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Filed under 1966, Criterion Collection, DVD/Blu-ray Reviews, Harry Dean Stanton, Jack Nicholson, Monte Hellman, Morris Ankrum, Roger Corman, Warren Oates

Blu-Ray News #248: Godzilla – The Showa-Era Films (1954-1975).

If I had a nickel for every minute I stared at this FM cover as kid…

For their 1000th release (or spine number), The Criterion Collection has gone very big with a great big giant box of Godzilla movies. Not those new things — no thank you — but the real ones.

Of course, this being a Criterion release, you can count on each of these the films — all 15 Godzilla movies released from 1954 to 1975 — shining like a jewel. And naturally, there will be tons of extras, from alternate versions to commentaries to documentaries and trailers and so on. Does my heart good to know the work of Mr. Honda and Mr. Tsuburaya will get the level of respect these folks will give it.

The films are:
Godzilla (1954)
Godzilla Raids Again (1955)
King Kong Vs. Godzilla (1963, 2.35 AR)
Mothra Vs. Godzilla (1964, 2.35 AR)
Ghidorah, The Three-Headed Monster (1964 2.35 AR)
Invasion Of Astro-Monster (1965, 2.35 AR)
Son Of Godzilla (1967, 2.35 AR)

Destroy All Monsters (1968, 2.35 AR)
All Monsters Attack (1969, 2.35 AR)
Godzilla Ss. Hedorah (1971, AKA Godzilla Vs. The Smog Monster, 2.35 AR)

Godzilla Vs. Gigan (1972, 2.35 AR)
Godzilla Vs. Megalon (1973, 2.35 AR)
Godzilla Vs. Mechagodzilla (1974, 2.35 AR)
Terror Of Mechagodzilla (1975, 2.35 AR)

I absolutely love some of these movies. One of them I hate with a passion. Son Of Godzilla is criminally lame, and at 10, I considered it the worst movie I’d ever seen (that was before The Witches Of Eastwick). The very thought of making my way through this thing (yes, even Son Of Godzilla)  makes me happy.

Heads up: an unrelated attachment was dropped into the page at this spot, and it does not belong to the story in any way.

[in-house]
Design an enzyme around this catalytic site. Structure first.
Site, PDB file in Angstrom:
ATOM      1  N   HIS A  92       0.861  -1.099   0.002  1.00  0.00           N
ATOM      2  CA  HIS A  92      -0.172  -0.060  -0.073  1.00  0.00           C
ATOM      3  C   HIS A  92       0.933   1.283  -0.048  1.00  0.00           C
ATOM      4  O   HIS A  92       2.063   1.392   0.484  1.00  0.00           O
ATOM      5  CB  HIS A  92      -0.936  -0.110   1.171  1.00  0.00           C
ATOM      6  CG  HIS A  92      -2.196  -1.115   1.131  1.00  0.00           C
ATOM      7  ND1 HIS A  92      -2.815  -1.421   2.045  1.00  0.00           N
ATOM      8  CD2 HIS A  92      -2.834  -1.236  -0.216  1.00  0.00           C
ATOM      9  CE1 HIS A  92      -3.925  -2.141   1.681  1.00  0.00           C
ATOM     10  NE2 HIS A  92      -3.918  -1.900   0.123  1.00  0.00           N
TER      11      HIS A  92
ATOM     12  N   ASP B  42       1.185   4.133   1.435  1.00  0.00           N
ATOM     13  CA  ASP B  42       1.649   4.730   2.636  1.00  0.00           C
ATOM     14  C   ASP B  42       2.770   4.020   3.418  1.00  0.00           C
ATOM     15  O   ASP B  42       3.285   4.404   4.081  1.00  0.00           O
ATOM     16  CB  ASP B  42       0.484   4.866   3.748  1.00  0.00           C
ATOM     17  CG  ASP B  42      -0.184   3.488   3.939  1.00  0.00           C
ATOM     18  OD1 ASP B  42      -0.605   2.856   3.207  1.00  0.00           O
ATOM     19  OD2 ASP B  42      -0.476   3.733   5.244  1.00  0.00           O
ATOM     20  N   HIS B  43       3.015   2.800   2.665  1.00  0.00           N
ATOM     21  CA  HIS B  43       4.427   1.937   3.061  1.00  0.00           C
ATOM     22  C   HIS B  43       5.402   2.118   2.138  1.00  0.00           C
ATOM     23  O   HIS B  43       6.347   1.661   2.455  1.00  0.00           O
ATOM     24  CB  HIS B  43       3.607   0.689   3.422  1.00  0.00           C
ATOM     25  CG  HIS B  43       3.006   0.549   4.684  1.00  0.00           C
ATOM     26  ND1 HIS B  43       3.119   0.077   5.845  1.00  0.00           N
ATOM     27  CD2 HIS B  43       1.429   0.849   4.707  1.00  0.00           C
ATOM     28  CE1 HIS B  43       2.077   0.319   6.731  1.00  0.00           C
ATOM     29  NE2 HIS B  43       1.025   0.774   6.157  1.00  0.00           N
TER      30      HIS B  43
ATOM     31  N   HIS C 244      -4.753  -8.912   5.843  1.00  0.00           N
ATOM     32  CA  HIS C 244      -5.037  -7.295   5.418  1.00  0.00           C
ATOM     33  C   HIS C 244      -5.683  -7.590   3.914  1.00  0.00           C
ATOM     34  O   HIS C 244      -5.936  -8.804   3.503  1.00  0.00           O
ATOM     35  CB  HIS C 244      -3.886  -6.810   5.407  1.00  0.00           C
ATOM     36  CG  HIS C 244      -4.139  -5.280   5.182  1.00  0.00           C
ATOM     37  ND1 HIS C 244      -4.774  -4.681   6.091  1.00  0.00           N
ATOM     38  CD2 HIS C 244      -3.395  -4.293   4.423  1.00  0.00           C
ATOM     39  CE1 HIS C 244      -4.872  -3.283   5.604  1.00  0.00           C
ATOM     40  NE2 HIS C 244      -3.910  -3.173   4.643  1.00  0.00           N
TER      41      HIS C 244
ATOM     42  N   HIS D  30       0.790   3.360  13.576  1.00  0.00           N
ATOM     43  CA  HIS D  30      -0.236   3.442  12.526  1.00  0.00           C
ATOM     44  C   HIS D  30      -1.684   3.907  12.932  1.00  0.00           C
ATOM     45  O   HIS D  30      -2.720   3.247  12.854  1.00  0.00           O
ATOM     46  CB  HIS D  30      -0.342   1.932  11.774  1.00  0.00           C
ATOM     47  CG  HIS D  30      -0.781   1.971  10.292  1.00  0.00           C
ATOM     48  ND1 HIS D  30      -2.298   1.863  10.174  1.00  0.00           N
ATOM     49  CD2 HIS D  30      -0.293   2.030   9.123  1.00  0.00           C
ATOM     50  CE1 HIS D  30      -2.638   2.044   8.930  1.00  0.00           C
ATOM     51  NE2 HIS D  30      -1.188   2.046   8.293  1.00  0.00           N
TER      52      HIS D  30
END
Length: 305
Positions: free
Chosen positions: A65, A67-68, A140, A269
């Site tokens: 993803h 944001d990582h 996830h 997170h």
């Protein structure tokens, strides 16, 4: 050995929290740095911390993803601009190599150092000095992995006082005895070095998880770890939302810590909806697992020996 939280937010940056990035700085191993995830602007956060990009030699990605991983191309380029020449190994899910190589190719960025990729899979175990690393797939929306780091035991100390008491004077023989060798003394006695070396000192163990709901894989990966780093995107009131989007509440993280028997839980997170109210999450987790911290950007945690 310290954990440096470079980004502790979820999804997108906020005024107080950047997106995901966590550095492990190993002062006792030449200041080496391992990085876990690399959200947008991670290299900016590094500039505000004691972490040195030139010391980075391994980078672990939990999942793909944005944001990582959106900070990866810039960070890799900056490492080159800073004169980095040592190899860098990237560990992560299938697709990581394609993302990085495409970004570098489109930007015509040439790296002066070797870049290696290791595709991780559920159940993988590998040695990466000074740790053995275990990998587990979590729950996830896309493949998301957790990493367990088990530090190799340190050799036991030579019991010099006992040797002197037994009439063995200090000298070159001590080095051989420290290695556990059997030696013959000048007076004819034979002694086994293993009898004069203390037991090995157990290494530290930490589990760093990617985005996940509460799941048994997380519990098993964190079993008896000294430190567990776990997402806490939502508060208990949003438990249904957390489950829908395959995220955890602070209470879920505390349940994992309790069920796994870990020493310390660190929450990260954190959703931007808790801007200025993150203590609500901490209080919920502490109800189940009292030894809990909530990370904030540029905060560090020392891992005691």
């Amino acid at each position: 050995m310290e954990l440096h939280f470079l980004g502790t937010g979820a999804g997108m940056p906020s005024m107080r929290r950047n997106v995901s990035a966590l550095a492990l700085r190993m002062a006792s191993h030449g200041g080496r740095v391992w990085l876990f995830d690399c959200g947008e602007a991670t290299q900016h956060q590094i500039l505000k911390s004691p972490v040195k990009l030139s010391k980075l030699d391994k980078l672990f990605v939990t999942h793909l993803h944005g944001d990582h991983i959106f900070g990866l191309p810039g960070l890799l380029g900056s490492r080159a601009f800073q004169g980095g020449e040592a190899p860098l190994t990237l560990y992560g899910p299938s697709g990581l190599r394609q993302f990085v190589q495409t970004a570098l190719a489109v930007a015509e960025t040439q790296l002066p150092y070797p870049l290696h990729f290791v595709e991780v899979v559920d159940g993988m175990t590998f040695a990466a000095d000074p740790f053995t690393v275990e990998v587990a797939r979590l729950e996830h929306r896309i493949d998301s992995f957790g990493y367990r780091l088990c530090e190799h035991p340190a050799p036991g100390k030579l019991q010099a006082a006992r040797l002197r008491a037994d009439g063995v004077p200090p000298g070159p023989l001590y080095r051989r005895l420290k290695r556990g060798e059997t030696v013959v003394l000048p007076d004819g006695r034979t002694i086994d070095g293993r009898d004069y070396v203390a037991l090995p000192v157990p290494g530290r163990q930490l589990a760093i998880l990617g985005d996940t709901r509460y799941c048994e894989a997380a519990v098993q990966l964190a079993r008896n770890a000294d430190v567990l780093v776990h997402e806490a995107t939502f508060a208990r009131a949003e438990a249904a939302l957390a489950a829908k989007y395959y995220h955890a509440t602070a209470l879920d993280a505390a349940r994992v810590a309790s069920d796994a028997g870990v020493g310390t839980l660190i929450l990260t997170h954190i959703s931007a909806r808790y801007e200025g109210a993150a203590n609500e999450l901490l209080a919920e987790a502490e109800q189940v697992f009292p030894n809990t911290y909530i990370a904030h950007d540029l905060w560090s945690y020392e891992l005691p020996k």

Stomping its way to TVs everywhere in October. Make sure yours is one of them.

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Filed under 1954, 1955, 1963, 1964, 1965, 1966, 1967, 1968, 1969, 1971, 1972, 1973, 1974, 1975, AIP, Criterion Collection, DVD/Blu-ray News, Eiji Tsuburaya, Famous Monsters Of Filmland, Ishirō Honda, Kaiju Movies, Toho

DVD/Blu-Ray News #210: Detour (1945).

Directed by Edgar G. Ulmer
Starring Tom Neal, Ann Savage, Claudia Drake, Edmund MacDonald

Detour (1945) is a cheap little noir picture from Poverty Row. So why is Criterion bothering with it? Because it’s also one of the finest examples of film noir out there — and maybe Edgar G. Ulmer’s best film.

For decades, Detour‘s many devotees have suffered through horrible video transfers that make it look even more low-rent than it really is. In some ways, it’s the perfect picture to get Criterion’d.

There’s some controversy about just how quick, and cheap, Detour was actually made. But regardless, Ulmer did his usual very much with very little. Fatalism drips off the screen. Ann Savage is without doubt the worst femme fatale ever — and Tom Neal is the poor sap she squashes like a bug.

This is a terrific, crazy noir picture — and it’s as essential to human existence as oxygen. Coming in March.